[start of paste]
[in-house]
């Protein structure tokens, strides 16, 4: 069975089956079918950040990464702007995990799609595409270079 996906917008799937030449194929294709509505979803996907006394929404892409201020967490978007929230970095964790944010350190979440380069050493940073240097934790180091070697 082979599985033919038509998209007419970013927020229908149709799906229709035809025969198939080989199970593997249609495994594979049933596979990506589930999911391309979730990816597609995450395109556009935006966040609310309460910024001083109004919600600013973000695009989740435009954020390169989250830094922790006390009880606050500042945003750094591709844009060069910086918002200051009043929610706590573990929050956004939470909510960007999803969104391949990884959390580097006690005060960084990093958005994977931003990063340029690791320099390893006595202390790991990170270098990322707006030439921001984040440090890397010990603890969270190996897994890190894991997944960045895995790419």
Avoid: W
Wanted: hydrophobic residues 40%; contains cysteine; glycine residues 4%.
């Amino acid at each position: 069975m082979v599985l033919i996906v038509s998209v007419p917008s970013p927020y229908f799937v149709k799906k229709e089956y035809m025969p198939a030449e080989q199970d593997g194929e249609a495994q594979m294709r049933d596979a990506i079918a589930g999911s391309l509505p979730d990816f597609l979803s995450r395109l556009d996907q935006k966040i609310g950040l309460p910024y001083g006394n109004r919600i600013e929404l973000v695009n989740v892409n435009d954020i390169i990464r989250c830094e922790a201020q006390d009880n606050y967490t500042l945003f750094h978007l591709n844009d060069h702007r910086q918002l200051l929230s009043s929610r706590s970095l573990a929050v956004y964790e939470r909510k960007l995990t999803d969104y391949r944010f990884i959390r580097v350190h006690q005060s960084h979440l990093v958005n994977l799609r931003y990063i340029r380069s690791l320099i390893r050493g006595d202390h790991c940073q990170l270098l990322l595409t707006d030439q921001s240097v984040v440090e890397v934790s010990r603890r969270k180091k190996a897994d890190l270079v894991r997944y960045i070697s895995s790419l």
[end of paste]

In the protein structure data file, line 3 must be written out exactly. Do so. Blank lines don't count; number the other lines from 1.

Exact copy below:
Avoid: W